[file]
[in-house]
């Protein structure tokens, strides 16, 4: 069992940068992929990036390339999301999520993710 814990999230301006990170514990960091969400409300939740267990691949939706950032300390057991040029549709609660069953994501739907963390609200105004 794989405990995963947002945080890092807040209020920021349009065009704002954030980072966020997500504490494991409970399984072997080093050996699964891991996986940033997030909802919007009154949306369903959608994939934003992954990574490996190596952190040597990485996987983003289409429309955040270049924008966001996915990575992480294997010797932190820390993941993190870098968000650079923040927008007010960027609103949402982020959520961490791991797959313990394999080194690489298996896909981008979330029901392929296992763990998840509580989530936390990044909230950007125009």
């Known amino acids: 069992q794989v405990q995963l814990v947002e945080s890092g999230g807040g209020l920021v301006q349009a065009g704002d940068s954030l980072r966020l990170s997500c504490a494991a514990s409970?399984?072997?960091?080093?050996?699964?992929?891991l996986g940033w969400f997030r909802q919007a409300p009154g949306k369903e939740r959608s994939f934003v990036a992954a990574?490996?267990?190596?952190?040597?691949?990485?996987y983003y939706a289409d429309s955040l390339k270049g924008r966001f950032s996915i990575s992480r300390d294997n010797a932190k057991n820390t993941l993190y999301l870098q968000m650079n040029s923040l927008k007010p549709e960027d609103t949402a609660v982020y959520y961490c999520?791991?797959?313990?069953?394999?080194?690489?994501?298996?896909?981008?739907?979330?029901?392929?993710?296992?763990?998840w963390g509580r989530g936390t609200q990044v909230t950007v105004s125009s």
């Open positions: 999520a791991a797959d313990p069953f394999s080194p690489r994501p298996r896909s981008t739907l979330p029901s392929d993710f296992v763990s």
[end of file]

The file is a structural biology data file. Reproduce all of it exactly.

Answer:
[in-house]
């Protein structure tokens, strides 16, 4: 069992940068992929990036390339999301999520993710 814990999230301006990170514990960091969400409300939740267990691949939706950032300390057991040029549709609660069953994501739907963390609200105004 794989405990995963947002945080890092807040209020920021349009065009704002954030980072966020997500504490494991409970399984072997080093050996699964891991996986940033997030909802919007009154949306369903959608994939934003992954990574490996190596952190040597990485996987983003289409429309955040270049924008966001996915990575992480294997010797932190820390993941993190870098968000650079923040927008007010960027609103949402982020959520961490791991797959313990394999080194690489298996896909981008979330029901392929296992763990998840509580989530936390990044909230950007125009």
């Known amino acids: 069992q794989v405990q995963l814990v947002e945080s890092g999230g807040g209020l920021v301006q349009a065009g704002d940068s954030l980072r966020l990170s997500c504490a494991a514990s409970?399984?072997?960091?080093?050996?699964?992929?891991l996986g940033w969400f997030r909802q919007a409300p009154g949306k369903e939740r959608s994939f934003v990036a992954a990574?490996?267990?190596?952190?040597?691949?990485?996987y983003y939706a289409d429309s955040l390339k270049g924008r966001f950032s996915i990575s992480r300390d294997n010797a932190k057991n820390t993941l993190y999301l870098q968000m650079n040029s923040l927008k007010p549709e960027d609103t949402a609660v982020y959520y961490c999520?791991?797959?313990?069953?394999?080194?690489?994501?298996?896909?981008?739907?979330?029901?392929?993710?296992?763990?998840w963390g509580r989530g936390t609200q990044v909230t950007v105004s125009s």
């Open positions: 999520a791991a797959d313990p069953f394999s080194p690489r994501p298996r896909s981008t739907l979330p029901s392929d993710f296992v763990s």